Wednesday, August 17, 2011

AXE body spray







The AXE body spay is as American as the apple pie, and smells a lot better. This marvelous product not only benefits men and women in the hygiene department but the chemical industry itself is located in the States. About $5 a can in many retailers nationwide. (http://www.theaxeeffect.com)


Tuesday, August 16, 2011

BEGGINING


how did we fail, as a nation?  how did we go from sustainable living in single income households to households where both parents work now and the standard of living has remained the same.  how did we end up with mall strips in our suburbia with wallmarts and targets and other mega outlets filled with cheap, “made in china” junk?  how many blind eyes were turned when local mills, factories were being closed and jobs moved out of america, not just temporary but forever.  when did we convince ourselves that buying an american product made in china is the same thing as buying an american product actually made in america?

i’m sure globalization, drive for profits and evil corporation not paying nearly enough taxes on profits is the answer.  i don’t think so; this is not a fora for political discussion, but even if it was, i don’t believe it’s the problem. the problem is that we, as consumers, just stopped giving a shit.  there was no pride in having something american.  americans made ugly, gas guzzling, cheap, plastic laden cars.  if the cars sucked, then everything else much suck.  the consumer became averse to anything made in america.  the icons of american products that did survive became branded as those that cater to a redneck or the un-educated; after all, who in their right mind would buy anything american after looking all the choices available?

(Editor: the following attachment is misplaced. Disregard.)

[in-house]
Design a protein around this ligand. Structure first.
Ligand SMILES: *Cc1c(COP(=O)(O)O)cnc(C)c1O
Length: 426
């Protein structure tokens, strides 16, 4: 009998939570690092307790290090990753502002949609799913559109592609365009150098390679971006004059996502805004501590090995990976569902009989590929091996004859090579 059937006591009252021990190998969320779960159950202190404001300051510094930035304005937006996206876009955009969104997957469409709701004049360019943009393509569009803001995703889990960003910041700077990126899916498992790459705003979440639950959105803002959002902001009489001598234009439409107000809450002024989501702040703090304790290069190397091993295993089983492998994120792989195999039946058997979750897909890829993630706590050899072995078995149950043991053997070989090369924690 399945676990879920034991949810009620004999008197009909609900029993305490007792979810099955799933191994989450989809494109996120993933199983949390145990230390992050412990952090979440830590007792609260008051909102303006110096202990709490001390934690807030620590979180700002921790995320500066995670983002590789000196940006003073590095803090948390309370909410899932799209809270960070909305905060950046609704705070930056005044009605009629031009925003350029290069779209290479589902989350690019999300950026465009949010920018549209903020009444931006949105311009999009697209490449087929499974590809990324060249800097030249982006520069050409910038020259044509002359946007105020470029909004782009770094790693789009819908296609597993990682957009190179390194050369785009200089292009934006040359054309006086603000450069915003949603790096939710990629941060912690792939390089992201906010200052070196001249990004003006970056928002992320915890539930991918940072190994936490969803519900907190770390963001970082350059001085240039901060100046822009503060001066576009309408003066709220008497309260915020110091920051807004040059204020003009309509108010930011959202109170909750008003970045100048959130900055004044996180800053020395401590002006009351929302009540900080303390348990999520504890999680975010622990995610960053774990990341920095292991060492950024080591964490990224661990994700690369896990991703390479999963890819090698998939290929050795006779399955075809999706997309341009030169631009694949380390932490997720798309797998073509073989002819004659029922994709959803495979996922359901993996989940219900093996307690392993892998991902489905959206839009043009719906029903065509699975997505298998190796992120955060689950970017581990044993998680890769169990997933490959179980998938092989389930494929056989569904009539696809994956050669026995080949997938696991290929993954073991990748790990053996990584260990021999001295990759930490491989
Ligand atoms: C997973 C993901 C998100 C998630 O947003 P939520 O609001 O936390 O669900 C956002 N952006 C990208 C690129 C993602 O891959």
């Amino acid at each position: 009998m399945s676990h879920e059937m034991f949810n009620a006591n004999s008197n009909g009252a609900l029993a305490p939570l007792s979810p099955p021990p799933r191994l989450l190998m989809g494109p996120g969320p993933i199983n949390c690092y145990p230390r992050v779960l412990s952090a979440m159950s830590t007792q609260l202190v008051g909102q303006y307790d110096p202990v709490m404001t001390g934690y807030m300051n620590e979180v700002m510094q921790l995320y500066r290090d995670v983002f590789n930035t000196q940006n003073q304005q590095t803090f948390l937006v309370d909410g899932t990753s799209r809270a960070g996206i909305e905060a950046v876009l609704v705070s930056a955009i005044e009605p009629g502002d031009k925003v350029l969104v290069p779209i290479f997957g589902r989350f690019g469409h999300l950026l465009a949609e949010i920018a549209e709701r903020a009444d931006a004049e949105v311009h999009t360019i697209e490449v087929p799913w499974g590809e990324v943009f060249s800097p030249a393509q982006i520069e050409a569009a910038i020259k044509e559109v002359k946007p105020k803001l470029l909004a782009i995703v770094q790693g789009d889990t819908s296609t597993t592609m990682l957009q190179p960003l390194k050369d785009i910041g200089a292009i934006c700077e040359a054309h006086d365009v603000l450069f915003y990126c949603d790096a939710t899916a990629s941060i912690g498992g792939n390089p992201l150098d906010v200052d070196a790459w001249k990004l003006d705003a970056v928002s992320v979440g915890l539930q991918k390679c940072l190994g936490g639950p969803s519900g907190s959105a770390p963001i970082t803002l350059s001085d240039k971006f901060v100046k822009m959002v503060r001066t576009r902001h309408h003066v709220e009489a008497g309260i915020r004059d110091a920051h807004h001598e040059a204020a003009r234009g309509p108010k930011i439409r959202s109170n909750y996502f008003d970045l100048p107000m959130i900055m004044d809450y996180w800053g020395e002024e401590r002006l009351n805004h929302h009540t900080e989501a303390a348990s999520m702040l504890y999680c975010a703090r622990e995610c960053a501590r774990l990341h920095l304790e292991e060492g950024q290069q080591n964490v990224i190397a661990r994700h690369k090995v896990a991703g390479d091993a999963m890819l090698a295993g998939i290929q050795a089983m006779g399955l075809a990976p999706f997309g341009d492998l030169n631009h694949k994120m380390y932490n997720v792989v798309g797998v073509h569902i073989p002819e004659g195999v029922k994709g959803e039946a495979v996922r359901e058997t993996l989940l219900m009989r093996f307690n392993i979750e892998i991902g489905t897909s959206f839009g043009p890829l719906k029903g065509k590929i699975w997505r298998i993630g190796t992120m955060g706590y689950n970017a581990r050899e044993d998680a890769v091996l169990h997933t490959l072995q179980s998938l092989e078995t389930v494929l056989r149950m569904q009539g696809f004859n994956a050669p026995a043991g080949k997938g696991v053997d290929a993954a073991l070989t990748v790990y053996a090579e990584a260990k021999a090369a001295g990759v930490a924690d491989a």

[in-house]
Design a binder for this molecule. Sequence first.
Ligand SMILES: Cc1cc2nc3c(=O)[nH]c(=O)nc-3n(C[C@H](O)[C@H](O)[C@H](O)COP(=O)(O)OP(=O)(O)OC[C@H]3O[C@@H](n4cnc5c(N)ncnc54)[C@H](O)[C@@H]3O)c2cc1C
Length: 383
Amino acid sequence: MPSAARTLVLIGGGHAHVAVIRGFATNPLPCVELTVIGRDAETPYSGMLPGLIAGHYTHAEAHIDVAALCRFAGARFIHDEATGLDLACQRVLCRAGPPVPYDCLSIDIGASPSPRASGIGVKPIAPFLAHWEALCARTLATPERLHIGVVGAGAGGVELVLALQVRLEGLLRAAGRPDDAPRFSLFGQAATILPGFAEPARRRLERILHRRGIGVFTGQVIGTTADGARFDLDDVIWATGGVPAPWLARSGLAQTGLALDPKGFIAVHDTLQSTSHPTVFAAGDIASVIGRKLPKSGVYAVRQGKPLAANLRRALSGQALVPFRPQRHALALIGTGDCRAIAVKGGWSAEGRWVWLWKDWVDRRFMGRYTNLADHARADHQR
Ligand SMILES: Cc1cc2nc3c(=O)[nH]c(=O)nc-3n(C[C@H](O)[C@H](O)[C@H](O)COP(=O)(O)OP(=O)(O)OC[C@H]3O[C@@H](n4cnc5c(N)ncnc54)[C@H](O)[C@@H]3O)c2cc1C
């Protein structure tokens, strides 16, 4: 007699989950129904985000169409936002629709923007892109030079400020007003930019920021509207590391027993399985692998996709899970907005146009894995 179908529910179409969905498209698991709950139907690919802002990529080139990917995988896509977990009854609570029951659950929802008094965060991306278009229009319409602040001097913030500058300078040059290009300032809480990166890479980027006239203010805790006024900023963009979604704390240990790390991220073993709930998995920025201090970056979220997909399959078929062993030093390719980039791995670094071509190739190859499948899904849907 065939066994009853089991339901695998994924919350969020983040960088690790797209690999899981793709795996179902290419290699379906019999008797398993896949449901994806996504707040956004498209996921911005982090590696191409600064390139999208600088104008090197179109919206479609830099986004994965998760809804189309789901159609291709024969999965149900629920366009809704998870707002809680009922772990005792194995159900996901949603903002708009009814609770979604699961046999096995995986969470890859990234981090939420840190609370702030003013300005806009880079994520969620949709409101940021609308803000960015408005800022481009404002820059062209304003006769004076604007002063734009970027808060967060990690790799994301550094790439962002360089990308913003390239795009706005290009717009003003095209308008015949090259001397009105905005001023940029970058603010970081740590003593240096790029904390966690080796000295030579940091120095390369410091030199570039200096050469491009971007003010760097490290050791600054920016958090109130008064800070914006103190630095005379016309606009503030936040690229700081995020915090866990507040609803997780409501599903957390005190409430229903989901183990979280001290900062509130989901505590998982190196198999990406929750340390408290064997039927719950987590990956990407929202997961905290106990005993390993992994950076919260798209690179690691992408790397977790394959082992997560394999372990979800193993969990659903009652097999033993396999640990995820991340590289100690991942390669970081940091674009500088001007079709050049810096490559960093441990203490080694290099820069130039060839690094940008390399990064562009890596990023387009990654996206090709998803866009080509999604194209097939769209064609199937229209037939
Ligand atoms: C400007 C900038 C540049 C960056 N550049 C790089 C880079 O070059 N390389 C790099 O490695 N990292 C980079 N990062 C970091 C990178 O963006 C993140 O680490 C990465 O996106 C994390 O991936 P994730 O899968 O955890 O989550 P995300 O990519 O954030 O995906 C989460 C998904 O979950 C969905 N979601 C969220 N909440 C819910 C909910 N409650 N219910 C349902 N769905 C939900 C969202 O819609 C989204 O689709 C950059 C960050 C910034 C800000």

and be it, i’ll admit it, i believed it and still believe it to some extent. but why is it happening here and not in germany i thought one day?  how is that germany, a country partially of the size of the usa, is surviving? not only is it surviving, it’s striving.  the country that got raped in ww2, destroyed, robbed, humiliated, is now carrying the whole european union.  a country whose economy defines the euro standard itself and commands over 40% premium over the $.  

not being german myself, i can only presume that germans have a lot more pride in their country’s product that we as americas do.  german products are not cheap, they compete on the same global market that we do, yet they have a 40% disadvantage.  german labor i’m sure is not cheap either, and they have 8 week vacations and free healthcare and education -- but this is not a political blog.  so how the fuck do they do it? the only thing i can think of, is that they actually buy their own shit.  they make good shit that their own people want to buy more of, even if it’s more expensive.

with that though, i decided to create this blog, with an american take.  i’ll be the first to admit i have or desire very little of “made in the usa” product.  but they have to be there; this is not the oldest country but it’s one of the greatest.  there have to be things that we still make that compete if not surpass those that are available on global markets.  it’s my mission to find these products.